Student Performance Soaring in More Rigorous Coursework: More rigorous and focused coursework such as Advanced Placement, Dual Enrollment and Industry Certification helps students gain better preparedness for success in college or career. In 2010, the number of AP exams administered to Florida’s public school students increased 19.5 percent and the number of students receiving a passing score on an AP exam jumped 14.5 percent. At the same time, participation in Dual Enrollment coursework increased 18.4 percent, with a 12.2 percent increase in the number of students earning college credit in these courses. Additionally, the number of students earning Industry Certification increased from 2,576 students in 2008-09 to 14,230 last year.
2010’s Reform Efforts include:$700 million Race to the Top Win: In August, Florida was named a winner in the Race to the Top competition, securing $700 million in federal funds to revolutionize the state’s education system. The four-year grant focuses on dramatically improving academic performance, providing assistance to the most struggling schools, enriching and expanding technology and data systems, and ensuring all students have access to highly effective teachers and leaders.
Adoption of Common Core Standards: The State Board of Education officially adopted the Common Core State Standards for English/Language Arts and Mathematics last year. The Board’s approval not only strengthens Florida’s curriculum standards in these critical subjects, but it lays the groundwork for the comparison of Florida’s academic progress with the nation and the world.
Increased Graduation Requirements: New graduation requirements were introduced last year through Senate Bill 4 to ensure students are leaving high school better prepared for college or career. Initially, ninth-graders in the 2010-11 school year will need to earn credit in Geometry and must take an End-of-Course (EOC) exam in Algebra I that will be a part of their course average. These new requirements will expand over the next few years, culminating in 2013-14 when students will need to pass EOCs in Algebra 1, Geometry, and Biology to earn course credit, and will need to earn credit in Chemistry or Physics and an equally rigorous science course in order to graduate with a Florida standard diploma.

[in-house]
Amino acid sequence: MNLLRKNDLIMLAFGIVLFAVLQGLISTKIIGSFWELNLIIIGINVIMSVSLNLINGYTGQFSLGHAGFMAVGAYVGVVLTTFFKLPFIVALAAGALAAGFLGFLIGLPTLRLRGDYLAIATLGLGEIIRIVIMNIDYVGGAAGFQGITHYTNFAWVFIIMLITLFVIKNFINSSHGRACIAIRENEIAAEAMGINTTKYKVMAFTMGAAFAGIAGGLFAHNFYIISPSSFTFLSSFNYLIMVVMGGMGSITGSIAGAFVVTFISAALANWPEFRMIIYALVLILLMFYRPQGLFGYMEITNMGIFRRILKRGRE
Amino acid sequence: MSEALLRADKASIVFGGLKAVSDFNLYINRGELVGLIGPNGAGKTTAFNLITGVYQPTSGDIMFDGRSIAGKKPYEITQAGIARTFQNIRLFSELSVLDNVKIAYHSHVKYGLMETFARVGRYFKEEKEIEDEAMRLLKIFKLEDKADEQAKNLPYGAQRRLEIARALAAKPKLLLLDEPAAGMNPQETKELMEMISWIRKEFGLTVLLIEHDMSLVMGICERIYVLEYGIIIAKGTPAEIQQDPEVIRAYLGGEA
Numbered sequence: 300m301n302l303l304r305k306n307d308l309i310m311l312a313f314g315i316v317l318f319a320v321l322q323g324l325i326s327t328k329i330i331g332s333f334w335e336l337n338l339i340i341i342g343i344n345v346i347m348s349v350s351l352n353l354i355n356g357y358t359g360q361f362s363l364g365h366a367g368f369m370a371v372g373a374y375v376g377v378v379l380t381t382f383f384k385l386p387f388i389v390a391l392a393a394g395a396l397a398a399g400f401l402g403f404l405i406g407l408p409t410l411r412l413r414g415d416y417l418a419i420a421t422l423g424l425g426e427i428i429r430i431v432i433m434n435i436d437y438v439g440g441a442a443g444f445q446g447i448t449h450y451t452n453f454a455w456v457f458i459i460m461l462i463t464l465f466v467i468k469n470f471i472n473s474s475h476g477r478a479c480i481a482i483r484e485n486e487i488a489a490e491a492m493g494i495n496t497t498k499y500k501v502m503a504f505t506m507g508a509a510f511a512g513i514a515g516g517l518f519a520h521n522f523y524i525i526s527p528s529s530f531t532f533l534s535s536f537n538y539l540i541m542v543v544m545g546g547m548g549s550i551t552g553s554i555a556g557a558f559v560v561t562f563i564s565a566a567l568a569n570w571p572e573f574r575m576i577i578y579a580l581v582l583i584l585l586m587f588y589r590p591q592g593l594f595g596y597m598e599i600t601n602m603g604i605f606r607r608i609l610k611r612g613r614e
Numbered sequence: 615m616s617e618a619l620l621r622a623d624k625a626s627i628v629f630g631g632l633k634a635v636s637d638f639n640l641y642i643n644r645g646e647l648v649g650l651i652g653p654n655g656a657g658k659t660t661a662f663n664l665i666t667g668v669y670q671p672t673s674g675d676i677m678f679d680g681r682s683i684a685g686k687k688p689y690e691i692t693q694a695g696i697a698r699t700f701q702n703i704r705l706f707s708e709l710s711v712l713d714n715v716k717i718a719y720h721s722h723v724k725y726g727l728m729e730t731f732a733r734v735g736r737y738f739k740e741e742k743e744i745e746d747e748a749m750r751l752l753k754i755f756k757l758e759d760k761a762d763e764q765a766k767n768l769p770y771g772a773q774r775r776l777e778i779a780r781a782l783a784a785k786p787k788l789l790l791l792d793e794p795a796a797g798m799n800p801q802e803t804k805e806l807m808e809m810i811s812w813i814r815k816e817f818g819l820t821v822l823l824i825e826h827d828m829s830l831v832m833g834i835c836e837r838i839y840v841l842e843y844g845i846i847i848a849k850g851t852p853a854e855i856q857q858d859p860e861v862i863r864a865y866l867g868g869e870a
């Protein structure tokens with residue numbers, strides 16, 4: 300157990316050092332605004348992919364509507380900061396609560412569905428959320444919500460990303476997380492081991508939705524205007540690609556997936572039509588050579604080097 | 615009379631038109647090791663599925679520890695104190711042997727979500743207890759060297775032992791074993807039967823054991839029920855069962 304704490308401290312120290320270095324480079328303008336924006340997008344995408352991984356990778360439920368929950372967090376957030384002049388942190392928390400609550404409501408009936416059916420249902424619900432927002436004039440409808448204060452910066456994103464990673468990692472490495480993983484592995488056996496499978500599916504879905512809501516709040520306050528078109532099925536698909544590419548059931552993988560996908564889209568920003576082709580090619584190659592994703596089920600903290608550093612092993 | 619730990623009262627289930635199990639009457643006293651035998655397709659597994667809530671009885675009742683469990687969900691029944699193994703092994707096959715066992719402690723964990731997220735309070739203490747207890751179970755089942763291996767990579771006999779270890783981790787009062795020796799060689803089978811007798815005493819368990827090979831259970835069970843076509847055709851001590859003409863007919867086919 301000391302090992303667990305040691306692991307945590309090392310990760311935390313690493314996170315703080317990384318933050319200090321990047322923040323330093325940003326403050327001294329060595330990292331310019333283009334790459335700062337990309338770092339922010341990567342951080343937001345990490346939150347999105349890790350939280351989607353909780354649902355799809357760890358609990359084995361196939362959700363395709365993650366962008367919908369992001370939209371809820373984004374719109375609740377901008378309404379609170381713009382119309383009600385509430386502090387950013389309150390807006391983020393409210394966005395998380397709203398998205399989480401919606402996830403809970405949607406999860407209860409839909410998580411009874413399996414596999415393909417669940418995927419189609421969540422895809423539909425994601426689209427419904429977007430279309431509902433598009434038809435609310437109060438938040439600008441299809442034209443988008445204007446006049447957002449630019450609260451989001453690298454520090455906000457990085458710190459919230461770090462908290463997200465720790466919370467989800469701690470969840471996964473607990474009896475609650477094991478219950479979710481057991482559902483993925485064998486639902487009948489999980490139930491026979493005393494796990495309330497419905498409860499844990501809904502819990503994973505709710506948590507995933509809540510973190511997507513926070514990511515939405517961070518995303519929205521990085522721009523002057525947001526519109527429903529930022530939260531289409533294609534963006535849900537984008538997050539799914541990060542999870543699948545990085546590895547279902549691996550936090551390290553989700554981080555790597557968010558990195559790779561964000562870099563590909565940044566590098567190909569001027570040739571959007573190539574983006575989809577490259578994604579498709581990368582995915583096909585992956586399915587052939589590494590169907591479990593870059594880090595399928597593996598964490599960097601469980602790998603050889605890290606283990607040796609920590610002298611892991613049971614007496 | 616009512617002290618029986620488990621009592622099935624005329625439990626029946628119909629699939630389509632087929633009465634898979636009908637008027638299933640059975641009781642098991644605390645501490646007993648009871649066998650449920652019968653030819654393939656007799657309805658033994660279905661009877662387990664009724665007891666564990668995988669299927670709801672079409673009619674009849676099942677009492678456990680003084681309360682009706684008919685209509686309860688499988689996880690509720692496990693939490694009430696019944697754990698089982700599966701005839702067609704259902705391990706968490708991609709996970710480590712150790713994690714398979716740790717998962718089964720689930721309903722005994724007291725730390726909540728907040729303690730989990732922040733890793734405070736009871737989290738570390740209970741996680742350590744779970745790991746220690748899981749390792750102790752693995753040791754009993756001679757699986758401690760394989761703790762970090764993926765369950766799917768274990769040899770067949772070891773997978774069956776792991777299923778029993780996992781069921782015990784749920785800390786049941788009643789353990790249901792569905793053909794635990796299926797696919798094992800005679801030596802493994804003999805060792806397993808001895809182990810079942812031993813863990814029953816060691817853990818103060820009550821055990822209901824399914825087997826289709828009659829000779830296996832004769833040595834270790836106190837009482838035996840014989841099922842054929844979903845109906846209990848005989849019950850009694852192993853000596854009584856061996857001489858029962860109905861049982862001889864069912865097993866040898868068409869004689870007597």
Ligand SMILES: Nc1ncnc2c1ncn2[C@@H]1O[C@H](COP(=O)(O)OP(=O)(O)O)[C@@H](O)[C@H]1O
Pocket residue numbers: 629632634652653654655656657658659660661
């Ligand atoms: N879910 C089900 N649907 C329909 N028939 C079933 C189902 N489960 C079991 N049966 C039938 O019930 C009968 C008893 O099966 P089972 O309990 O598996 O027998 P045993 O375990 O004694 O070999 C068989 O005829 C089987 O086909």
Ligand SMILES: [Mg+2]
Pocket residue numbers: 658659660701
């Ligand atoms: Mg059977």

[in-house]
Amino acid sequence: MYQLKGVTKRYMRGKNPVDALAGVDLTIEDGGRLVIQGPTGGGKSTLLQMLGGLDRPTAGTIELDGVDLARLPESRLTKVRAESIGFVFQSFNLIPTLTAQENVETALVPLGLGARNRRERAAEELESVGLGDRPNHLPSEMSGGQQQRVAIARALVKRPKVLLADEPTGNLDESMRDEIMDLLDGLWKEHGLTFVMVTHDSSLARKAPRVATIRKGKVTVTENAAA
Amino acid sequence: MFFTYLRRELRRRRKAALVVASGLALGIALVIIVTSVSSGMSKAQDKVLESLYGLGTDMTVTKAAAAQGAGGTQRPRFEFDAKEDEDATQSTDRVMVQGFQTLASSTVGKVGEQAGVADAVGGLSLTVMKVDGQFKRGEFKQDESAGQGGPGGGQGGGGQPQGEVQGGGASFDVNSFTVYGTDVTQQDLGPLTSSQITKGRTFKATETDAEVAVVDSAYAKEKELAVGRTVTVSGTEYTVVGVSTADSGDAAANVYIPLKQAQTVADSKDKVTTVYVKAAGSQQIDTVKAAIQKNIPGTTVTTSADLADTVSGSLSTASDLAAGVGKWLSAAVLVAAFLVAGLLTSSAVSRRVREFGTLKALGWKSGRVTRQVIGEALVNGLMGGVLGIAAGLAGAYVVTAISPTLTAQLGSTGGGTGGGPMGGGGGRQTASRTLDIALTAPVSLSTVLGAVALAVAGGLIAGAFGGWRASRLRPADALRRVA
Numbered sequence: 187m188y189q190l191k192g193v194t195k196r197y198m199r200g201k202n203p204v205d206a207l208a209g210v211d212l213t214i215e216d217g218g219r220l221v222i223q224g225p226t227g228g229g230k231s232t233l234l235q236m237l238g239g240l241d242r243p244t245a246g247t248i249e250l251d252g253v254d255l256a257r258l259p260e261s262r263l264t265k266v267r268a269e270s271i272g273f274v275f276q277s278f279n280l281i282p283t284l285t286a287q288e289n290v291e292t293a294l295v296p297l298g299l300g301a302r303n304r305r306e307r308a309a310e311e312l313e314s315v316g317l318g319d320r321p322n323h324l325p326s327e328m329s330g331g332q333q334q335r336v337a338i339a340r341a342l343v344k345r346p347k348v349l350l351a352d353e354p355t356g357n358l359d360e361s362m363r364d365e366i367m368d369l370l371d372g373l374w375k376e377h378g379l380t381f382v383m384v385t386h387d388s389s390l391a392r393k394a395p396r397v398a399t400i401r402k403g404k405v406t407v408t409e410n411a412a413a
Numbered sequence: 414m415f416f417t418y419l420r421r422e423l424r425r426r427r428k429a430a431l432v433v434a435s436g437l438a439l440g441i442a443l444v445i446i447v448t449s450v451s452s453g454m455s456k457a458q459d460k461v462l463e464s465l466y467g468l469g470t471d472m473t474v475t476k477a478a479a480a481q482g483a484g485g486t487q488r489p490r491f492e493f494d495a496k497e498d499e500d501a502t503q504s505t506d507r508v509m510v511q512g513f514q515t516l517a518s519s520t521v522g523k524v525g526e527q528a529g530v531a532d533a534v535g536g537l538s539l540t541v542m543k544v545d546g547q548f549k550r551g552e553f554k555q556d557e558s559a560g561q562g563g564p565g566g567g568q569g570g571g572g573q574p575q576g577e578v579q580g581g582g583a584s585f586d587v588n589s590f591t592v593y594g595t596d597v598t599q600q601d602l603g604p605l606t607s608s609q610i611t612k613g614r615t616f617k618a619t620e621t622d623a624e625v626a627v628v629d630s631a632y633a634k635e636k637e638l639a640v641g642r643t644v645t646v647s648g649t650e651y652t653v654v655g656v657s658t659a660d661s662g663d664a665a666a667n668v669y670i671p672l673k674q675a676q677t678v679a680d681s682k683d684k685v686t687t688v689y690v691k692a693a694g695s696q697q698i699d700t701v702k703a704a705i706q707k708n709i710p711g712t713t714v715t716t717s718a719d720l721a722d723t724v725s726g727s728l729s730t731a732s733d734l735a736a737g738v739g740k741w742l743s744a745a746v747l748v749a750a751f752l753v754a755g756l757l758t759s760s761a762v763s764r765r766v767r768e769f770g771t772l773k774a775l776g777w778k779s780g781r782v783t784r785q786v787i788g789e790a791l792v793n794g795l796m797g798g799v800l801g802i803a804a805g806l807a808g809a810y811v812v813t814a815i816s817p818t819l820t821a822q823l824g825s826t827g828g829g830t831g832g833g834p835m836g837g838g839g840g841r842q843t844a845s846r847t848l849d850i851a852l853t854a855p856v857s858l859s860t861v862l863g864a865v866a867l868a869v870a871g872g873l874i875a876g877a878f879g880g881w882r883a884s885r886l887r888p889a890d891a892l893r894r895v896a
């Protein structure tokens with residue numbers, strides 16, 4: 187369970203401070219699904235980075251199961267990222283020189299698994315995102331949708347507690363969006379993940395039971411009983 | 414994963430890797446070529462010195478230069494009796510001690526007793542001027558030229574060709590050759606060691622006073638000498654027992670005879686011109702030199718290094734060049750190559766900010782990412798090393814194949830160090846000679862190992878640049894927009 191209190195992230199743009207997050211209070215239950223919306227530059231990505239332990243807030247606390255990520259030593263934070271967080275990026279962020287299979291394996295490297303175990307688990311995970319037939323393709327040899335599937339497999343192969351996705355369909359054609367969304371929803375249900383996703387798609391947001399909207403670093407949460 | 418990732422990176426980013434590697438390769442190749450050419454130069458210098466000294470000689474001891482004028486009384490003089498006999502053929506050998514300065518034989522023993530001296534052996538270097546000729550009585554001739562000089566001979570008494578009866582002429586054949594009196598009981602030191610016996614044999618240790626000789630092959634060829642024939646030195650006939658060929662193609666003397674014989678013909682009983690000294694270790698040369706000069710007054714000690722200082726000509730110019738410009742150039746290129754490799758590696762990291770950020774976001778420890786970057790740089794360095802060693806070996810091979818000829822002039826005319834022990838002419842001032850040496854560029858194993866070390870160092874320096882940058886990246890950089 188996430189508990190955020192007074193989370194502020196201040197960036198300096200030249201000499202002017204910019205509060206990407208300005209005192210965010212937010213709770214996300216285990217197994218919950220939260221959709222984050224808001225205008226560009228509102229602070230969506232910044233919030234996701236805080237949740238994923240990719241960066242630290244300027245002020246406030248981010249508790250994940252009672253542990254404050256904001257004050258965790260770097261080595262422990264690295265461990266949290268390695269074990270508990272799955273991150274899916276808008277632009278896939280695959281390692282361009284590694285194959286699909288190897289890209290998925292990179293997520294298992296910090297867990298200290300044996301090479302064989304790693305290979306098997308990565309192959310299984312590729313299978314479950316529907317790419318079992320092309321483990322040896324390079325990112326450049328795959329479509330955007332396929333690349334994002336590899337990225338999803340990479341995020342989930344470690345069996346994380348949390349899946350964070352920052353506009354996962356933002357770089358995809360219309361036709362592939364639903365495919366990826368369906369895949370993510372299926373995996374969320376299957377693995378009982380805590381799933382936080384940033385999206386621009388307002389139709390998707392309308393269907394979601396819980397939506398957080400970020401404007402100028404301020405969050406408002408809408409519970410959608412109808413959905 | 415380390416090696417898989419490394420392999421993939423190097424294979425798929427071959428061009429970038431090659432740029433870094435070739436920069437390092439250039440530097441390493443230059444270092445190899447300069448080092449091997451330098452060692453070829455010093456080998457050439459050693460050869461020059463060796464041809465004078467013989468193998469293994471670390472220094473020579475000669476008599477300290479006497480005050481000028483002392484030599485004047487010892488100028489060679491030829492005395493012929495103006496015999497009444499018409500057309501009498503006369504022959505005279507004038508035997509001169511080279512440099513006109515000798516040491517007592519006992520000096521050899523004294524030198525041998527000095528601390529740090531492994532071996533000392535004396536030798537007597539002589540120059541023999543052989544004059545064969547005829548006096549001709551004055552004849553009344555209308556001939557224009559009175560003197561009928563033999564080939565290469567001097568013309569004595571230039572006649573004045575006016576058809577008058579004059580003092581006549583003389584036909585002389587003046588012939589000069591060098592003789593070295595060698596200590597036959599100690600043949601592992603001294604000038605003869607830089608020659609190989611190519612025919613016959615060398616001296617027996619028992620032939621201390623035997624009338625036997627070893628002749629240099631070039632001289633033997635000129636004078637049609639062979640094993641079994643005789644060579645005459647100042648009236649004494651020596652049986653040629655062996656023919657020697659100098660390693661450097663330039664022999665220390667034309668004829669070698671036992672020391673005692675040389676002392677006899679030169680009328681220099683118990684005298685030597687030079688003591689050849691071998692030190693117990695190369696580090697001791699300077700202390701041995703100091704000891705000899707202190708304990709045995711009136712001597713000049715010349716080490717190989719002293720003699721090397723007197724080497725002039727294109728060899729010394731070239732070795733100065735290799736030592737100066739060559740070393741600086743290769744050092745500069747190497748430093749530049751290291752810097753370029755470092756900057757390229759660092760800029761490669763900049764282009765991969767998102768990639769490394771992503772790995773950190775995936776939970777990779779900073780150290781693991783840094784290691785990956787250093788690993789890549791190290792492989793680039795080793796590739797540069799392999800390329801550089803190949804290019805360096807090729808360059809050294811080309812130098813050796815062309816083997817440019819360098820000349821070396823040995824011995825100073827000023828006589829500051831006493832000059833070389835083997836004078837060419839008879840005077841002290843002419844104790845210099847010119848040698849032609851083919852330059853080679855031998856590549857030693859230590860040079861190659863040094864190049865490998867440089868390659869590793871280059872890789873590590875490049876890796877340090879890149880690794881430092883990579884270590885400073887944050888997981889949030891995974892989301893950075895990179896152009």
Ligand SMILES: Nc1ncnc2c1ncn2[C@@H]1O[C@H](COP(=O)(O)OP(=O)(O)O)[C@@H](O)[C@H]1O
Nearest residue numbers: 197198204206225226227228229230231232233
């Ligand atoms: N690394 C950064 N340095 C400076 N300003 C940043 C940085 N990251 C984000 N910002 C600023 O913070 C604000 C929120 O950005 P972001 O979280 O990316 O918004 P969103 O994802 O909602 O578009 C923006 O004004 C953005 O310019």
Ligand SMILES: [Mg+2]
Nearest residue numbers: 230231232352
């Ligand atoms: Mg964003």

Expanded High School Grading Formula: Florida implemented a new high school grading formula in 2010 that gives parents a more comprehensive look at the education being offered by their child’s school. In addition to FCAT results, the formula takes into account the school’s graduation rate, performance and participation in rigorous coursework, and college and career readiness. Florida’s schools rose to the challenge of meeting these new measures, resulting in a record number of “A” and “B” high schools for the 2009-10 school year.
“I’m proud of each and every education stakeholder in Florida for all the work and support they contributed last year, transforming 2010 into a banner year for our children,” said Florida Commissioner of Education Dr. Eric J. Smith. “The coming years will certainly contain their own challenges, but the momentum we are building through groundbreaking new initiatives like Race to the Top will help ensure that our work remains successful and students throughout the state continue to find success.”
To learn more about education news and events taking place in Florida, visit Press Releases.